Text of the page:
Regardless, one swallow does not make summer, and also we must not count our chickens before they are hatched. We have seen bubbles of economic betterment and illusions of social uplift before, even during dark undemocratic periods of our history, but they lacked sustainability and traction for being cosmetic, transient and myopic. The palpable gains on account of democratic and economic revival will be undone quickly if we do not plan and act prudently and strategically.
The next five years are very crucial in terms of nation building, improving socio-economic indicators, and rebuilding the shattered national image. On the economic front, self-reliance and real austerity will be crucial to overthrow the yoke of expensive borrowing from international financial institutions and debts. China Pakistan Economic Corridor (CPEC) can be a game changer in terms of huge geo-economic, geo-strategic prospects and dividends it envisages. However, realization of these goals depends on how methodically and realistically we conceive and implement sound plans of action and stake ownership — rather than shadowing the Chinese — so as to leverage the immense opportunities offered by the economic corridor.
And while the economic significance of foreign direct investment or mega joint partnership projects can hardly be overemphasized, our real economic potential lies in encouraging and prioritizing entrepreneurship and skills development of our own youth. A special focus on our young population in this regard may act as a force multiplier since our youth are not only our future, but also our asset. Given the importance of youth to Pakistan’s future development, it is necessary to provide space, means and environment in which this invaluable human resource attains the optimal growth potential to become equal partners in national development. Skills development and unhindered access to economic opportunities can make youth active agents of change and transformation for Pakistan.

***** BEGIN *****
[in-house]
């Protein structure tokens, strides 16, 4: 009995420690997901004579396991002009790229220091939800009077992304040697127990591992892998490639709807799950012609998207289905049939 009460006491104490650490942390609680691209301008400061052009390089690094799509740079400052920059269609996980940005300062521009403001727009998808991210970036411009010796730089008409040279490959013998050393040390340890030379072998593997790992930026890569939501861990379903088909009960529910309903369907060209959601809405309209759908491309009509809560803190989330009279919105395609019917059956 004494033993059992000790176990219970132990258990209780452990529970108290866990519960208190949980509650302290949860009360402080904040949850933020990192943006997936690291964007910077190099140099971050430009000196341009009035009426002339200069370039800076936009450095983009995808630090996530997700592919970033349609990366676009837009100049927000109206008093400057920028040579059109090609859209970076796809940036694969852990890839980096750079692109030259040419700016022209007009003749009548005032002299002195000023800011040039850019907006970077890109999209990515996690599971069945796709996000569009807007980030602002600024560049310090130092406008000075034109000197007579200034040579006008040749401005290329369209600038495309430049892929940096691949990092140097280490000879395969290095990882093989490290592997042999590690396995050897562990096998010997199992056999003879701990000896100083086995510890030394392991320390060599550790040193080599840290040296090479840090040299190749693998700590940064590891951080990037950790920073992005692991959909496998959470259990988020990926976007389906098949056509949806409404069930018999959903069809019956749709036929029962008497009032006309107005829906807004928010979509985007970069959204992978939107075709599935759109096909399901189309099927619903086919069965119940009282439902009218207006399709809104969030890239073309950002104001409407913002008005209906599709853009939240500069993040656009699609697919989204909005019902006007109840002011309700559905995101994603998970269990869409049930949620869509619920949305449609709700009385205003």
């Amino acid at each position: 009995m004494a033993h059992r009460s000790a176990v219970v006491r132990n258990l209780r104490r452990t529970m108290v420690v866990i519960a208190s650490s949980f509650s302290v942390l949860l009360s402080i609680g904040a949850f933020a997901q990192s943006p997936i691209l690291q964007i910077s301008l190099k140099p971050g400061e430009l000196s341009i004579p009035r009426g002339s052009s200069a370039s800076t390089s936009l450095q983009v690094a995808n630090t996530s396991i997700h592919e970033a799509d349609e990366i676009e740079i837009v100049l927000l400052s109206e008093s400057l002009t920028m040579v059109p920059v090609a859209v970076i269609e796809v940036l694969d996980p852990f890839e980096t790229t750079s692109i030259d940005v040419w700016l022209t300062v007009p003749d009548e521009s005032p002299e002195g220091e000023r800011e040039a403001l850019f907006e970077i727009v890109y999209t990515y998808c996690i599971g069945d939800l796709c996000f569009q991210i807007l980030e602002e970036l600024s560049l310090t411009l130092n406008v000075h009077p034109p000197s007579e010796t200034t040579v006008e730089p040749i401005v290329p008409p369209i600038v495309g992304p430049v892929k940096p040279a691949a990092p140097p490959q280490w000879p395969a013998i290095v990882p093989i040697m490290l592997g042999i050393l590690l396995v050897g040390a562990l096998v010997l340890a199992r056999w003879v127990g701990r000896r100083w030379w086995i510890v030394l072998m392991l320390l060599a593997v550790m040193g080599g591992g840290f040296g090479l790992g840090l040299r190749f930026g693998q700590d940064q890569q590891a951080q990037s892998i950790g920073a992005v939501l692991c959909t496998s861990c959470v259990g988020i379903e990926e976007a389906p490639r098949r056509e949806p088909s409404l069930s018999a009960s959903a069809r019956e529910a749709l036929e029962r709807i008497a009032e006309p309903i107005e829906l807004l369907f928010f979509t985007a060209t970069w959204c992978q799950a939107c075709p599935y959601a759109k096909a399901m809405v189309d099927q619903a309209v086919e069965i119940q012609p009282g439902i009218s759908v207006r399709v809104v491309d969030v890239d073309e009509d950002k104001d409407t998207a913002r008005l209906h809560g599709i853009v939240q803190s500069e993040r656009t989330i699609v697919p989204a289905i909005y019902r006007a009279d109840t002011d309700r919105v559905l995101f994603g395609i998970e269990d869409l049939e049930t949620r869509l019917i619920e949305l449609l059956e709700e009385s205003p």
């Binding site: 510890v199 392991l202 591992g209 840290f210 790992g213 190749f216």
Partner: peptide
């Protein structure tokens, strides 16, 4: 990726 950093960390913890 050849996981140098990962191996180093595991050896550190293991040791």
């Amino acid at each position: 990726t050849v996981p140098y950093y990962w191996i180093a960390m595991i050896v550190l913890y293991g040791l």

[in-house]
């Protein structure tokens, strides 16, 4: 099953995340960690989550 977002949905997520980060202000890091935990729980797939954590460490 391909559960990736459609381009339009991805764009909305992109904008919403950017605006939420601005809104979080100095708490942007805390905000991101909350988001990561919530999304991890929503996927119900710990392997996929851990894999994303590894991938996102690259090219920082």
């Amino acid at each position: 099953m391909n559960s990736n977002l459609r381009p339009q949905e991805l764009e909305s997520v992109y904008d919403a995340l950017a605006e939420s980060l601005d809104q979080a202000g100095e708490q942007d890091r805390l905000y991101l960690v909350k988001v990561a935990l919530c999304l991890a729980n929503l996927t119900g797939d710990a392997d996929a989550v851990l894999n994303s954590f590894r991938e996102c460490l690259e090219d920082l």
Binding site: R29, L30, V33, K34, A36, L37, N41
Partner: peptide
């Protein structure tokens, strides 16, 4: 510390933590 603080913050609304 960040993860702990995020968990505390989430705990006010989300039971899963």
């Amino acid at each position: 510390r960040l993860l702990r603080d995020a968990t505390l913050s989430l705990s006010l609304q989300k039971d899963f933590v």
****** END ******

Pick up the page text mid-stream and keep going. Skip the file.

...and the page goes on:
There is also a dire need to encourage and support women since any form of progress for a nation state requires an equal contribution and effort from both genders. Women have always been an important component of the Pakistani society. Despite heavy odds the country has produced exceptional female human resource that has excelled in many ?elds. Even today, the role of women in Pakistan is rapidly changing, and there is a silent social revolution taking place with a rising number of women joining the workforce and moving up the corporate ladder in Pakistan. Women are making great progress as both public and private sectors are now recruiting women in almost all genres of professional work. These include the Pakistani military, civil service, advertising, retail, schools, hospitals, publicly traded companies, banks, technology companies, multinational corporations, media, fashion industry, and NGOs, etc.